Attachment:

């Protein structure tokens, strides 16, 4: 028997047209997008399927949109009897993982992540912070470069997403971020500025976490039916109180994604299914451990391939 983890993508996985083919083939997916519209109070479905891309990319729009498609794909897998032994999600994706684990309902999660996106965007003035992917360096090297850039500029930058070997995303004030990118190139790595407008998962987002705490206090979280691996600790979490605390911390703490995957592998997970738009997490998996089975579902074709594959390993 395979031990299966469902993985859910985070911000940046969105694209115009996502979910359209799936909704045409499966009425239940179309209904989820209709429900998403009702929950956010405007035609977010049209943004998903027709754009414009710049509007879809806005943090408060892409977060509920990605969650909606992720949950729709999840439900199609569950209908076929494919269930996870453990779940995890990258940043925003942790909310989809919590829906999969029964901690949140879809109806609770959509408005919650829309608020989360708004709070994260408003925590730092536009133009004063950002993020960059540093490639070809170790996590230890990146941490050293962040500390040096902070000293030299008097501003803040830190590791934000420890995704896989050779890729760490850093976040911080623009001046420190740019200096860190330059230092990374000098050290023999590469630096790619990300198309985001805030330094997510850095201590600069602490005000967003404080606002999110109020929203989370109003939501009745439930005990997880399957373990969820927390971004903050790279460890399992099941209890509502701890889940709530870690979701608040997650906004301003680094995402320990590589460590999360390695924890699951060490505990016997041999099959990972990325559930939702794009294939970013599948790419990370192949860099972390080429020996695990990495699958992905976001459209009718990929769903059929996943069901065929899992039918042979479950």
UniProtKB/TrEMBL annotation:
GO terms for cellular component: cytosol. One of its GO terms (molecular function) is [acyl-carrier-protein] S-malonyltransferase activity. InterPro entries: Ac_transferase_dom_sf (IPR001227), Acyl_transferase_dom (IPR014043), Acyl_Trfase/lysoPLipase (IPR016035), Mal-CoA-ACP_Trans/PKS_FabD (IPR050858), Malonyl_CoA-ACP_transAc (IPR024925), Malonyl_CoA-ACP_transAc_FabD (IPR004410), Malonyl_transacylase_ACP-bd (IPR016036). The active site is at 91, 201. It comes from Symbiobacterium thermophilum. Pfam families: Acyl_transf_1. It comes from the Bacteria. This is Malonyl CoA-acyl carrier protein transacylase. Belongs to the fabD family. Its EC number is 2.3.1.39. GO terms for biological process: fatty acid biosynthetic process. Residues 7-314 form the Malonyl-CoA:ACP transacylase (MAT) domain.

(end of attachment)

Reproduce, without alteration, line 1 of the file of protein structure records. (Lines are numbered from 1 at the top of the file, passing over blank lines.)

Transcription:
């Protein structure tokens, strides 16, 4: 028997047209997008399927949109009897993982992540912070470069997403971020500025976490039916109180994604299914451990391939 983890993508996985083919083939997916519209109070479905891309990319729009498609794909897998032994999600994706684990309902999660996106965007003035992917360096090297850039500029930058070997995303004030990118190139790595407008998962987002705490206090979280691996600790979490605390911390703490995957592998997970738009997490998996089975579902074709594959390993 395979031990299966469902993985859910985070911000940046969105694209115009996502979910359209799936909704045409499966009425239940179309209904989820209709429900998403009702929950956010405007035609977010049209943004998903027709754009414009710049509007879809806005943090408060892409977060509920990605969650909606992720949950729709999840439900199609569950209908076929494919269930996870453990779940995890990258940043925003942790909310989809919590829906999969029964901690949140879809109806609770959509408005919650829309608020989360708004709070994260408003925590730092536009133009004063950002993020960059540093490639070809170790996590230890990146941490050293962040500390040096902070000293030299008097501003803040830190590791934000420890995704896989050779890729760490850093976040911080623009001046420190740019200096860190330059230092990374000098050290023999590469630096790619990300198309985001805030330094997510850095201590600069602490005000967003404080606002999110109020929203989370109003939501009745439930005990997880399957373990969820927390971004903050790279460890399992099941209890509502701890889940709530870690979701608040997650906004301003680094995402320990590589460590999360390695924890699951060490505990016997041999099959990972990325559930939702794009294939970013599948790419990370192949860099972390080429020996695990990495699958992905976001459209009718990929769903059929996943069901065929899992039918042979479950």